Before planning a mansard roof, it’s important to understand how it is structured. To begin with, this type of roof construction is based on a standing joint form or batten seam. The upper edges of the elevated joints or batten fold out with ends of about ¾ inch layer, while the lower ends of the joints are either hooked over the corner strip or attached to the flashing.
Now you’re ready to get started with your mansard roof conversion. If you don’t have any building experience, or you need assistance, find an experienced contractor who can obtain the necessary permits for your particular building height.
To prevent any damage to your belongings during the construction process, remember to cover all the fixtures with a tarp or old sheets.
How to install the rafters on each side: take each rafter and attach it to a ridge board. Use nails to securely fix the rafters in place. Once this task is complete, lift up the ridge and place it in an elevated position using nails to fix to other rafters. The outer rafters have to be positioned like a plane’s front mouth with the highest plate on the wall. After achieving the exact position, use nails to securely fasten the rafters into place. The same method must be carried out on the three remaining sides.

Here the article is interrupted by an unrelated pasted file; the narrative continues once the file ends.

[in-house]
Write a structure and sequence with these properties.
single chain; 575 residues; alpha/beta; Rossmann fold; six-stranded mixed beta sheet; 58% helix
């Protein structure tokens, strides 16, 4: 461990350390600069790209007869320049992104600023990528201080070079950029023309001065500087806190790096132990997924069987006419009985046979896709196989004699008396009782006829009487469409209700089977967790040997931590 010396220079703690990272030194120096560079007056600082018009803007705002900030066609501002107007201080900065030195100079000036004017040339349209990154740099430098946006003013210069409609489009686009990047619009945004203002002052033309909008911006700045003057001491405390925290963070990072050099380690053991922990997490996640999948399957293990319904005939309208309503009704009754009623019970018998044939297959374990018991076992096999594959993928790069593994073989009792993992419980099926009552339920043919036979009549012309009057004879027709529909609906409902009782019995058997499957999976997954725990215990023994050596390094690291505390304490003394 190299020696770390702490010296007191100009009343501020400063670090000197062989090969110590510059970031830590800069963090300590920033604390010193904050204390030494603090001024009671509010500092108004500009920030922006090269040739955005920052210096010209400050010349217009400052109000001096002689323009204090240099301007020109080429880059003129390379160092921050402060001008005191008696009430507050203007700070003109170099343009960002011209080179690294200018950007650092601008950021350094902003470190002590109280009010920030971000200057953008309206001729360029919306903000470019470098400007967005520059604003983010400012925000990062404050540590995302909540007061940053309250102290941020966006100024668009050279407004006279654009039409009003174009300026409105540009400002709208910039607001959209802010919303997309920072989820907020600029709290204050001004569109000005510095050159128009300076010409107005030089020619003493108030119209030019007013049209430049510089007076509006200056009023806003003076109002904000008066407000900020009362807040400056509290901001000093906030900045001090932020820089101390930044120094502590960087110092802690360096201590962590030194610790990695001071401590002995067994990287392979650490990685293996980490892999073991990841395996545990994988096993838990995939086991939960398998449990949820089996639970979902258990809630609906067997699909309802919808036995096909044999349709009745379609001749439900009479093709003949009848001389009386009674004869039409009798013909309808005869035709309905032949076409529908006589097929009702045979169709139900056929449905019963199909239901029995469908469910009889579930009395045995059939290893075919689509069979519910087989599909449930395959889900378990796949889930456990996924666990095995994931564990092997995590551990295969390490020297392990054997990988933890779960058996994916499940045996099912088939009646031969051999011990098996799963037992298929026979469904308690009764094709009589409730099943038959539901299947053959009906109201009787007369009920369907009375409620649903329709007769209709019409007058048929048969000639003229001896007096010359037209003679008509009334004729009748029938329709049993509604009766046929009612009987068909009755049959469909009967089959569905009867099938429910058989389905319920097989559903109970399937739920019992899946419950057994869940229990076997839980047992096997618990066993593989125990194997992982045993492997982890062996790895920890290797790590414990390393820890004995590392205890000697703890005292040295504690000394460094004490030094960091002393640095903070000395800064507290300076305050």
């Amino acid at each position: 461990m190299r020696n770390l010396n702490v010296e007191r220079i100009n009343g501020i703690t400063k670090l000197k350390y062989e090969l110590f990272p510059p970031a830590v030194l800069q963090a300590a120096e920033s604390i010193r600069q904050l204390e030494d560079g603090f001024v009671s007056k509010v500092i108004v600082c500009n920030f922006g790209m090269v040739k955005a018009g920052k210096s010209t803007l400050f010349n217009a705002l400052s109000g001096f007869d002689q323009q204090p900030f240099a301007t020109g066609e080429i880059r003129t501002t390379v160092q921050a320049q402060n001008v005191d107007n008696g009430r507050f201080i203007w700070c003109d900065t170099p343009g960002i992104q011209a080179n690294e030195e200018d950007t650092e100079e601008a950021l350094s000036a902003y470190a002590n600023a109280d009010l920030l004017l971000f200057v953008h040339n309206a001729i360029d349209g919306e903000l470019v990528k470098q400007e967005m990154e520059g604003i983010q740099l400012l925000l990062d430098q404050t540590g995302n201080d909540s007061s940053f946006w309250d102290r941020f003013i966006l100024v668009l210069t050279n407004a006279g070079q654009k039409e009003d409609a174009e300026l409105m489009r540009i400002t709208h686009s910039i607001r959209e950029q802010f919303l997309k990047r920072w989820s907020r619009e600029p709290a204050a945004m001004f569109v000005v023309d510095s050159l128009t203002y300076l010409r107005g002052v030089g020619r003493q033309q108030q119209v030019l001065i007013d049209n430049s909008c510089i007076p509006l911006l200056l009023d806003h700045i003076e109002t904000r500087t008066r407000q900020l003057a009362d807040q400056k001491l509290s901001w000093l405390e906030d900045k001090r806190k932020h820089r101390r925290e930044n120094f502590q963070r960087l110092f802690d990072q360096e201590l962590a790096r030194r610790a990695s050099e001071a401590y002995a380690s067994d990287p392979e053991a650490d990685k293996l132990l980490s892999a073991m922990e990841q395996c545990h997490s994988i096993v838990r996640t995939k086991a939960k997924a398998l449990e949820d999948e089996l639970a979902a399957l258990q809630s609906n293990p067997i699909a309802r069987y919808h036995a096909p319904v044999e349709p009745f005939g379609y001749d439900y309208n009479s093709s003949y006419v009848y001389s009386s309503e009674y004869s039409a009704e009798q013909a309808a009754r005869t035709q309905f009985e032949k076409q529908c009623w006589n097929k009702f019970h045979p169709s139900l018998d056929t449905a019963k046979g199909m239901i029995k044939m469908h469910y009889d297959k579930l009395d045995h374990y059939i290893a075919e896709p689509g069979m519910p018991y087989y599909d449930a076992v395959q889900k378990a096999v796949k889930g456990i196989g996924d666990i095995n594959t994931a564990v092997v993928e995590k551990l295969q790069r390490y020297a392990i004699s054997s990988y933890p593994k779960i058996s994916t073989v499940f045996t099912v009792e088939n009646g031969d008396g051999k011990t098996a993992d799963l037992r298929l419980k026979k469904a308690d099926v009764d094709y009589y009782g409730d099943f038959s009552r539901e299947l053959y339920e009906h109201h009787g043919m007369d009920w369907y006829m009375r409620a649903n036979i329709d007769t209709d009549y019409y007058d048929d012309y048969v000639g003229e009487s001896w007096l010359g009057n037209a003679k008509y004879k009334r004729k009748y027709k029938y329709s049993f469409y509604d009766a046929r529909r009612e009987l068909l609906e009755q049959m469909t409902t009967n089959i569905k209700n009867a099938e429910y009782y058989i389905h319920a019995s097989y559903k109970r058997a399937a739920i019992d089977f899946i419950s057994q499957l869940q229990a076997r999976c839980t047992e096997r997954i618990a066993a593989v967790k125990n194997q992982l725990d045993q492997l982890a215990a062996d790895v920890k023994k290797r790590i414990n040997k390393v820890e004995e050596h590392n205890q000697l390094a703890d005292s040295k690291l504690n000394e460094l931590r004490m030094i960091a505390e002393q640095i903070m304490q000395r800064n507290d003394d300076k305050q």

Installing the remaining rafters: the rafters on the remaining three sides will now need to be fixed into place by getting nailed securely to ensure a tight positioning.
Installing the ceiling beams and protective covering: the next step is to install the ceiling beams using nails. Make sure you take care when securing the nails into place as they shouldn’t feel loose during the installation. This will avoid any future damage. Once this has been done, cover the area with protective casing.
Elevated extension: this is the upper region of the mansard roof that needs to be constructued using vertical rafters. Remember to position the vertical rafters within the boundaries of the ridge board. The rafters must be used on both outside and inside of the elevated structure for additional support and strength.
Want to get a better idea of how to build a mansard roof? Watch this quick video now: https://www.youtube.com/watch?v=cMNd4CkZHmk
As I draw this article to a close, it’s quite evident that the biggest benefit of a mansard roof is its design flexibility that allows you to add more rooms in the future. Even the disadvantages of this roof style aren’t enough to discourage people from building a mansard for their homes thanks to its traditional classy look.